Tag Archives: music

Watch “Eurovision Song Contest 1967 – Sandie Shaw – Puppet on a String (WINNER)” on YouTube

8 Apr

Should the question ever come up when you are playing Trivial Pursuit “Who won the 1967 Eurovision Song Contest and in which city?” the answer is: Sandie Shaw in Vienna (captured on film, link below). If you’re thinking “I didn’t even know they had a Eurovision Song Contest in 1967,” I can only say “Neither did I.”

Many thanks to the Saturday Kurier for this indispensable piece of information.

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And news from another prominent Viennese hotel

14 Sep

Just a quick note: the Hotel Bristol will be hosting Afternoon Tea with Opera Stars (and, yes, that they’re calling “Afternoon Tea” not “Nachmittagstee”). To celebrate various premieres they are offering a traditional (English, I suppose) afternoon tea with Sekt (or sparkling wine) and a chance to meet (see?) the singers, conductors, and stage directors of the current premiere at the State Opera just across the street.

It costs EUR 49 per person and can be booked by calling +43-1-515 16 555 or by writing to groupsevents.bristol[at]luxurycollection.com. The one of the first opera stars at this Salon Operá is Michael Schade, appearing on 26 September 2014.

“The Third Man”

30 Aug

Do you immediately hear the zither music when you read that title? If so, you can look forward to some interesting trivia (as well as one person’s reminiscences of a long relationship with the film).

If you don’t know what I’m talking about, you can discover a quintessential film about life in Vienna right after the war (WWII, as one must specify in this city which has so much history).

Ah, “The Third Man”. Black and white. Based on the book (do we really believe it was a novel?) by Graham Greene. Directed by Carol Reed. Produced by David O. Selznick. Starring (a still young and relatively slender) Orson Welles as the elusive Harry Lime. Starring still more the city of Vienna c. 1947–“bombed about a bit,” as the English narrator tells us in the beginning. World premier: 65 years ago, on 31 August 1949.

My mother showed it to me when it was clear that I was moving here. Above all, she wanted me to experience the landlady played by Hedwig Bleibtreu because “you might end up with just such a landlady”. (In broadest Viennese dialect she said things like, “Das ist ein anständiges Haus. Hier hat sogar früher ein Metternich verkehrt” Translation: “This is a respectable house. In the olden days, even a Metternich [member of an old aristocratic family] came to visit.”)

My mother had forgotten, though, a treasured line (one of my favorites) from another great Austrian actor, Paul Hörbinger. He played the concierge in the house where Harry Lime lived.  When tired of and scared by questions about Harry Lime’s death, he says he won’t answer any more and adds very gruffly indeed, “Und jetzt gehen Sie. Sonst verliere ich meinen Wiener Charme.” (“And now leave–otherwise I’ll forget my Viennese charm.”) Even writing it down like this makes me laugh.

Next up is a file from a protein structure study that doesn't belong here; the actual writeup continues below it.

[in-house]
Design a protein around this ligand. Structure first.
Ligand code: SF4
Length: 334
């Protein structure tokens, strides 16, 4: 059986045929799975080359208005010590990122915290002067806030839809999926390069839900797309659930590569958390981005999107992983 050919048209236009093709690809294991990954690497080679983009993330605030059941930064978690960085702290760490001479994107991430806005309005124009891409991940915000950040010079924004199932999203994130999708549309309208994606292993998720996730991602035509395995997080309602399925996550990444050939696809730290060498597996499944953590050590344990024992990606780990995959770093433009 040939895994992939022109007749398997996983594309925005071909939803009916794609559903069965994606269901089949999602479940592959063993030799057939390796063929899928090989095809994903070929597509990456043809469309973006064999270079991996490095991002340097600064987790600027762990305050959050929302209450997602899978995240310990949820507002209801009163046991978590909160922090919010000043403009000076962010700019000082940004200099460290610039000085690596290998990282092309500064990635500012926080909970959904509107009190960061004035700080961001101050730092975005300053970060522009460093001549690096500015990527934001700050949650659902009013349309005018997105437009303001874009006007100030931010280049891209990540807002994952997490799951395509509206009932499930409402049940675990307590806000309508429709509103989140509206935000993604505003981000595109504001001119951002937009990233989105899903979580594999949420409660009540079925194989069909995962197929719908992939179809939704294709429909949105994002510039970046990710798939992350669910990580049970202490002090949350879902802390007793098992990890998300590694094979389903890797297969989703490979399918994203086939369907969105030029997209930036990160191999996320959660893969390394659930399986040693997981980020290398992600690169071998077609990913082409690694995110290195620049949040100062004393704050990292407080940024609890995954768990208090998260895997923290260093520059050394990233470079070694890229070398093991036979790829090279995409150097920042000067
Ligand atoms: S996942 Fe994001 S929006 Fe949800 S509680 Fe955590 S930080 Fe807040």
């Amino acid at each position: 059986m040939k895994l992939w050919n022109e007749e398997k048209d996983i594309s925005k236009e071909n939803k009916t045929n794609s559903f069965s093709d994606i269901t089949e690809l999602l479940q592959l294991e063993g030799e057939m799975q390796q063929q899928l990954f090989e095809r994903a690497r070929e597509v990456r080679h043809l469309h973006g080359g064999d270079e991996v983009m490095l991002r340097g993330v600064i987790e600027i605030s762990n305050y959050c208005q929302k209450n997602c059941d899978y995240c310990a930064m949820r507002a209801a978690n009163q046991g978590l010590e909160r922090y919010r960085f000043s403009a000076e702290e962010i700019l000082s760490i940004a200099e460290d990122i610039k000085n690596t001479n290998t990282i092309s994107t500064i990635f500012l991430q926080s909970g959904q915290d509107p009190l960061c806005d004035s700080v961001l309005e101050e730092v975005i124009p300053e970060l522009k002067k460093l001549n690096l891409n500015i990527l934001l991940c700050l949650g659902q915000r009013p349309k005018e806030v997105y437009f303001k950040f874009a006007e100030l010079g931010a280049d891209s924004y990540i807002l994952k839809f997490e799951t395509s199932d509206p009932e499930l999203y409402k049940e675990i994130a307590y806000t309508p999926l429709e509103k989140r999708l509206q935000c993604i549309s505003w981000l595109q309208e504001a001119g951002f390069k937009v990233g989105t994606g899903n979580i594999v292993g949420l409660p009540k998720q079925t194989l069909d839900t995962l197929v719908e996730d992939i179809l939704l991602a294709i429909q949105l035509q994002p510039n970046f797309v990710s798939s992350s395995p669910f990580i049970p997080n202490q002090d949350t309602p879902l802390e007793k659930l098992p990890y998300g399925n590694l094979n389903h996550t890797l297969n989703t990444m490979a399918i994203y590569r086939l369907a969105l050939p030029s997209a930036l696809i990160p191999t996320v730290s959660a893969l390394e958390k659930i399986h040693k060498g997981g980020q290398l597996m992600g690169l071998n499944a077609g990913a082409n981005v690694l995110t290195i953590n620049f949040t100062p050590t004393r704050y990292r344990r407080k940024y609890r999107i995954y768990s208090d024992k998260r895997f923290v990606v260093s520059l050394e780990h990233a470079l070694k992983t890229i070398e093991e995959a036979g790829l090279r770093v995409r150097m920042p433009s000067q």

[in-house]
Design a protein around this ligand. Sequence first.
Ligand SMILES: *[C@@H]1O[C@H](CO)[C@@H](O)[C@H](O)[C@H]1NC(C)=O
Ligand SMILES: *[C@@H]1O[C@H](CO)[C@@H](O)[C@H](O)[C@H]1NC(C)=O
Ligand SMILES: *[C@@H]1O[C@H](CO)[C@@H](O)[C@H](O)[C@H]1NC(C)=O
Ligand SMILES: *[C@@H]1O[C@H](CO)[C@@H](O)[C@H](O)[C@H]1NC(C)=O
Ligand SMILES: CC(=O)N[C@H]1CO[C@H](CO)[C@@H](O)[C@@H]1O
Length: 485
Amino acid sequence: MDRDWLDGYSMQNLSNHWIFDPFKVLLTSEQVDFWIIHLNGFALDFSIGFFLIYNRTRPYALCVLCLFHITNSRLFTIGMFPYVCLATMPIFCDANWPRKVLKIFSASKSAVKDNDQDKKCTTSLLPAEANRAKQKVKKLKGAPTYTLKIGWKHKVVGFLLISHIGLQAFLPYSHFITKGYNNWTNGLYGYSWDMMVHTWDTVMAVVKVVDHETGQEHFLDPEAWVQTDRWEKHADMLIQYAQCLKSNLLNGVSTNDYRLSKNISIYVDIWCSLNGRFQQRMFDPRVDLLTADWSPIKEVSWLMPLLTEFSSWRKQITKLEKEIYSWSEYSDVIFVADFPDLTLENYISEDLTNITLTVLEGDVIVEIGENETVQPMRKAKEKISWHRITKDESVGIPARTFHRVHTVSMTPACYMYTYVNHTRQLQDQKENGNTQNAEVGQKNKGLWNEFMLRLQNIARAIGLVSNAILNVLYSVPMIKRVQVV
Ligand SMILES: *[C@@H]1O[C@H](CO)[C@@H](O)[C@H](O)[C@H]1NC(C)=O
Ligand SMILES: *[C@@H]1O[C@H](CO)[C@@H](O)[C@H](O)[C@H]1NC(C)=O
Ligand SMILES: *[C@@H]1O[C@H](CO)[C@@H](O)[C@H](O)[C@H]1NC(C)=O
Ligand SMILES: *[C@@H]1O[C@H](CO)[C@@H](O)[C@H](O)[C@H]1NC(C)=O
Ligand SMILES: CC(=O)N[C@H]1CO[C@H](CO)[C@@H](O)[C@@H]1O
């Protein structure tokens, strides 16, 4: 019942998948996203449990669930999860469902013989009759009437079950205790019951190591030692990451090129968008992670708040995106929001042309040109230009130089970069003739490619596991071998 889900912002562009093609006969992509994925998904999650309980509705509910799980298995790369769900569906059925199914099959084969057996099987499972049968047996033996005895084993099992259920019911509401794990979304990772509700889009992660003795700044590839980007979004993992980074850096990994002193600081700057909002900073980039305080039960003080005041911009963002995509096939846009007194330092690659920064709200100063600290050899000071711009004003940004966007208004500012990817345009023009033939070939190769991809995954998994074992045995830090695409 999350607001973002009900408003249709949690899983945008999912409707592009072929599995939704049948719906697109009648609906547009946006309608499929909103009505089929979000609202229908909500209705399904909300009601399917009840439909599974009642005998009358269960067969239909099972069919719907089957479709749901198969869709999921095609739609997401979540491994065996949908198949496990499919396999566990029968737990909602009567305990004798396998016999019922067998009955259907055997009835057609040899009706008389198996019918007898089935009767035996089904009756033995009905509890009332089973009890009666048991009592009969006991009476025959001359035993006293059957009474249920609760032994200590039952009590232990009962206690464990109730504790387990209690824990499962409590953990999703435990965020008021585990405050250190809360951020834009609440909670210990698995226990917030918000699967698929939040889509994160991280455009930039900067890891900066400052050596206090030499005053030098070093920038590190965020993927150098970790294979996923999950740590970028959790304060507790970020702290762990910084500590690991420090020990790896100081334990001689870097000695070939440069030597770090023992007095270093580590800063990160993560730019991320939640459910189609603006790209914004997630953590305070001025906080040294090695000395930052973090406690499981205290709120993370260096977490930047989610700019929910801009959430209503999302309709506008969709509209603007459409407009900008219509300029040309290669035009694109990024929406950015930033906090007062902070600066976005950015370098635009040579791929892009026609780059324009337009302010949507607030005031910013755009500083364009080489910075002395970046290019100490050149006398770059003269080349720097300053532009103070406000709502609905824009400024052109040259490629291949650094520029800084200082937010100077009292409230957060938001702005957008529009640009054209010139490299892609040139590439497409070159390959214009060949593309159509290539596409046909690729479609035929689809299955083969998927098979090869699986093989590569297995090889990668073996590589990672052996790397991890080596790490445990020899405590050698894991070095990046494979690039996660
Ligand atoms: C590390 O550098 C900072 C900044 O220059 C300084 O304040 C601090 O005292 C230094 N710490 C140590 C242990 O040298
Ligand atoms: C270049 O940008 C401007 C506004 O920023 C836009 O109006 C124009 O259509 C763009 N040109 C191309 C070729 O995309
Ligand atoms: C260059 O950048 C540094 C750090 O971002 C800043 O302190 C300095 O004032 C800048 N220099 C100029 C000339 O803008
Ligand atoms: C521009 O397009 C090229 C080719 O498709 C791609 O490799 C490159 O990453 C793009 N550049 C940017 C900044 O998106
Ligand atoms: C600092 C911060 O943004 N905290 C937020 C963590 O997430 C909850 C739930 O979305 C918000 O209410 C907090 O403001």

There are far too many such moments too relate here, and I don’t want to ruin any surprises for those who haven’t experienced it yet. If you are interested in Vienna, I simply encourage you to see it. If you’re in Vienna, you can catch it in the late show on weekends at the Burg Kino. For the time being, I’ll simply pass on some facts that were printed in today’s Kurier.

Part of what people remember best are the music (by great good fortune done by a zither player, Anton Karas, at the last minute when the budget was more or less exhausted) and the chase scenes through the sewer system of Vienna. To this day, you can take “Third Man” walking tours of Vienna including, indeed, a look underneath the commendably clean streets of the city.

First bit of trivia, over 100,000 people have already taken that tour. I’m assuming the tour does not cover all 2,400 kilometers of that system, especially since only 25 meters were used for filming. This year Tom Cruise, who just finished filming in Vienna, took it.

“The Third Man” won the Academy Award(R) for “Best black-and-white picture” and was nominated for two others. Apparently in 2012, film critics named it the “Best British Film of All Time”.

That may have made worthwhile to Reed and Selznick that they apparently only slept two hours per night for the seven weeks they were filming on location. The Kurier reports that they kept themselves awake by taking a drug called dexedrine, better known as speed(!).

The unfortunate Anna Schmidt (Harry Lime’s paramour) was played by Alida Valli, an actress ironically descended from  an old Austro-Italian aristocratic family, possibly as important as the Metternichs ;-). She died in Rome in 2006 at the age of 84.

Five years ago was the first talk of a re-make, which supposedly would star Leonardo DiCaprio as Harry Lime and Tobey Maguire as Lime’s faithful friend Holly Martins. I’m not a fan of re-makes, but I think those two would be well cast, at least. Don’t know what they’ll do about the City of Vienna, though. Most of the bombed out bits have been re-built in the last 65 years.

The famous music was #1 on the U.S. charts for weeks in 1950. The next Austrian artist to achieve this feat was Falco in 1986 with “Rock Me Amadeus”.